Peter Cannon -- October 28th, 2011

Leading up to the November 7th publication of PW’s Best Books of 2011, our reviews editors are blogging about some of their favorites from our top 100.  Here’s the latest post:

This past winter, having heard good things about British author Philip Kerr, I read March Violets (1989), the first volume in his Berlin noir trilogy, set during the Nazi era and featuring Bernie Gunther, a cop and later PI in the tough, wise-cracking mold of Sam Spade or Philip Marlowe. I was impressed with the ease with which the author integrated a crime plot involving stolen jewels with the politics surrounding the lead-up to the 1936 Berlin Olympics. How does an honest detective keep his integrity when he’s doing a job for Heinrich Himmler? Kerr brilliantly portrays what life was like in the early years of the Third Reich for everyone from high-ranking Nazis to their victims.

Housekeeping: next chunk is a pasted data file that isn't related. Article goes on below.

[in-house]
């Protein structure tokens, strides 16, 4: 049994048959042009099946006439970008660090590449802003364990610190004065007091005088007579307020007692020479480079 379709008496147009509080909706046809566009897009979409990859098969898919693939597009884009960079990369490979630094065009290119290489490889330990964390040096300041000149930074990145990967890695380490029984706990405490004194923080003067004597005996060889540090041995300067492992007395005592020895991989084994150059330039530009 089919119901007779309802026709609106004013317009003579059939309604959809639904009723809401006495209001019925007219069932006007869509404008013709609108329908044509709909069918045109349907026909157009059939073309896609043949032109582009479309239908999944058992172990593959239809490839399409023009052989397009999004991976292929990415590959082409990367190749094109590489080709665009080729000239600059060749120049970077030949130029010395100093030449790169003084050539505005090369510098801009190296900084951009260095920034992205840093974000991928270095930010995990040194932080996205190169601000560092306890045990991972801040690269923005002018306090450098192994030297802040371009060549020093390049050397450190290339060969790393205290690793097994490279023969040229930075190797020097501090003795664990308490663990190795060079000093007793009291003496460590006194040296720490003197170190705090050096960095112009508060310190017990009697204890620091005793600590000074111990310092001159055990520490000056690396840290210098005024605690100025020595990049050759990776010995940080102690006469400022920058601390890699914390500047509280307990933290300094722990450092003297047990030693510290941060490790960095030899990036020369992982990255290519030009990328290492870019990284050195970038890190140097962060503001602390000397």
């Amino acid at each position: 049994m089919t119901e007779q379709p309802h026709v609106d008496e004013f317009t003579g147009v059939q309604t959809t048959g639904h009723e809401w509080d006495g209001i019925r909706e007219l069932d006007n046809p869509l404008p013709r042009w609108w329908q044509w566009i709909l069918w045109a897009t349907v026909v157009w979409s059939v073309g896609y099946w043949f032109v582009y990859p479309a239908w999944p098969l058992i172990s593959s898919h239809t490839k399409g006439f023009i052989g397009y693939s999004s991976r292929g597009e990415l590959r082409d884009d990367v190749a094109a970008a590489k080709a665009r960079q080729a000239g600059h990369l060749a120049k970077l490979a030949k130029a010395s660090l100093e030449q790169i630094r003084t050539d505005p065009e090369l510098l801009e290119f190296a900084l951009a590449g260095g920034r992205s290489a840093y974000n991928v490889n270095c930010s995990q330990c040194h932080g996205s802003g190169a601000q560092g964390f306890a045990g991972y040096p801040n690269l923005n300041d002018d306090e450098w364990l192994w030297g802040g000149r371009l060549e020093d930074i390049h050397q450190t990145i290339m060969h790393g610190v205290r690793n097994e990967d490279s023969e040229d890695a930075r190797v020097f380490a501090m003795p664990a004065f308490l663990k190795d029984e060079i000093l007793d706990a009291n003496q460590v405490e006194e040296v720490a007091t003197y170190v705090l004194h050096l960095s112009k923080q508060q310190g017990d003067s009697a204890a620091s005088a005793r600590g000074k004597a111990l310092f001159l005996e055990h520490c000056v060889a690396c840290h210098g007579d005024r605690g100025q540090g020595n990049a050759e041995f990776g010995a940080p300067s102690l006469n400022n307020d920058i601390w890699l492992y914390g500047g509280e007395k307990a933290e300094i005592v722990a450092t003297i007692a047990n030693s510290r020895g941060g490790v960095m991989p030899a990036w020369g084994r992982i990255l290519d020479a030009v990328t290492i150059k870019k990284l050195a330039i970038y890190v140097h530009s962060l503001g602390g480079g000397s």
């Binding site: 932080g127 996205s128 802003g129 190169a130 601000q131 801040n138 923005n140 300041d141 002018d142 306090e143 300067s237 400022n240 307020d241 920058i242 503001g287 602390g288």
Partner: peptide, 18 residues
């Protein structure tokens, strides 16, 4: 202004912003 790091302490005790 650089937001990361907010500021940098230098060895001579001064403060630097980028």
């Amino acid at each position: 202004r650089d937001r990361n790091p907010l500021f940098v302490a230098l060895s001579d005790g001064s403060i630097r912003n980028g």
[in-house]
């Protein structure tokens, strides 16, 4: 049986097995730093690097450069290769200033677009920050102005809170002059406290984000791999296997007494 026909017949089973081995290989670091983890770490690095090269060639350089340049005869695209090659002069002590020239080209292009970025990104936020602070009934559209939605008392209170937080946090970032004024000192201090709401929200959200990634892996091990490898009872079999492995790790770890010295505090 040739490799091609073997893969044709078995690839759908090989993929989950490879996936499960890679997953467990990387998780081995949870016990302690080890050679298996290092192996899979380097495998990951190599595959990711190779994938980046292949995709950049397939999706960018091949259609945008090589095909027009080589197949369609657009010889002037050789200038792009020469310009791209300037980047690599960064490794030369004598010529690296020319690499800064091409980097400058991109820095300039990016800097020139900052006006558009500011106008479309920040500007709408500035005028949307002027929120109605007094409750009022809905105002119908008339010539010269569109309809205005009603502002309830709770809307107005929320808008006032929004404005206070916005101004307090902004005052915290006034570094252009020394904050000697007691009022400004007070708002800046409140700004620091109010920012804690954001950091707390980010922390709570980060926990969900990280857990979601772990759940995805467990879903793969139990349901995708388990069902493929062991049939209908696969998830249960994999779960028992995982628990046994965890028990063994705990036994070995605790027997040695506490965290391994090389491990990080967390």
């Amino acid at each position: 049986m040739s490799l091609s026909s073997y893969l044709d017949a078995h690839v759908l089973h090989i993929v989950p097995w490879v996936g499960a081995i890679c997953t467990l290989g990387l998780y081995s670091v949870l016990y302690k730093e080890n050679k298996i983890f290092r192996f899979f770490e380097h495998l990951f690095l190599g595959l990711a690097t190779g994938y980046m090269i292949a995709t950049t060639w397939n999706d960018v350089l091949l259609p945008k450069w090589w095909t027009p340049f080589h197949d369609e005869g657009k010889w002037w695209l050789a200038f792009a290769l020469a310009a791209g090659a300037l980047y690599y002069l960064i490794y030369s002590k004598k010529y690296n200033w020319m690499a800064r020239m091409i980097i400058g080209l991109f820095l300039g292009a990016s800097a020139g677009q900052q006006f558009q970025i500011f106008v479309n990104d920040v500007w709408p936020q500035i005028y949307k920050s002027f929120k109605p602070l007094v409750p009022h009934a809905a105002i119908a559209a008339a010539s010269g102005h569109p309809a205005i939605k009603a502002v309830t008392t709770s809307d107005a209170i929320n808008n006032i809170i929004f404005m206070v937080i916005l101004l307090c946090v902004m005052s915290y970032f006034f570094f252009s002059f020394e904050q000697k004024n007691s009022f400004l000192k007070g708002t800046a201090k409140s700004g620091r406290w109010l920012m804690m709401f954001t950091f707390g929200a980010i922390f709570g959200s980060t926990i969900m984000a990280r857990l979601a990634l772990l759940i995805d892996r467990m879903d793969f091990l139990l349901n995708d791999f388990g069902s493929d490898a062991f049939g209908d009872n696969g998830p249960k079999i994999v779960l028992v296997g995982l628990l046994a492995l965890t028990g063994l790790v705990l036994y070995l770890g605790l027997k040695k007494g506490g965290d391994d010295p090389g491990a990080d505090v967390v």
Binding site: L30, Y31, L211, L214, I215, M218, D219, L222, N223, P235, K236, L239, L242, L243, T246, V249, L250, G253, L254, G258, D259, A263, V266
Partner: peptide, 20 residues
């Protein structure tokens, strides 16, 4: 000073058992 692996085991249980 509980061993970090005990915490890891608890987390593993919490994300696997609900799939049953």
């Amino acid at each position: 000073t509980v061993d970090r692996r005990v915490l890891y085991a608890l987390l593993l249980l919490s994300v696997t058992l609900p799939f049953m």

I followed March Violets with If the Dead Rise Not (2009), not a part of the Berlin trilogy, though the main action also concerns the 1936 Olympics. The last section takes Gunther to 1952 Cuba, where he gets in trouble with the local mob. The double twist at the end caught me by total surprise. One anachronism: a college-age female character is looking forward to attending Brown University, then all male. Why didn’t the U.S. editor change that to Pembroke?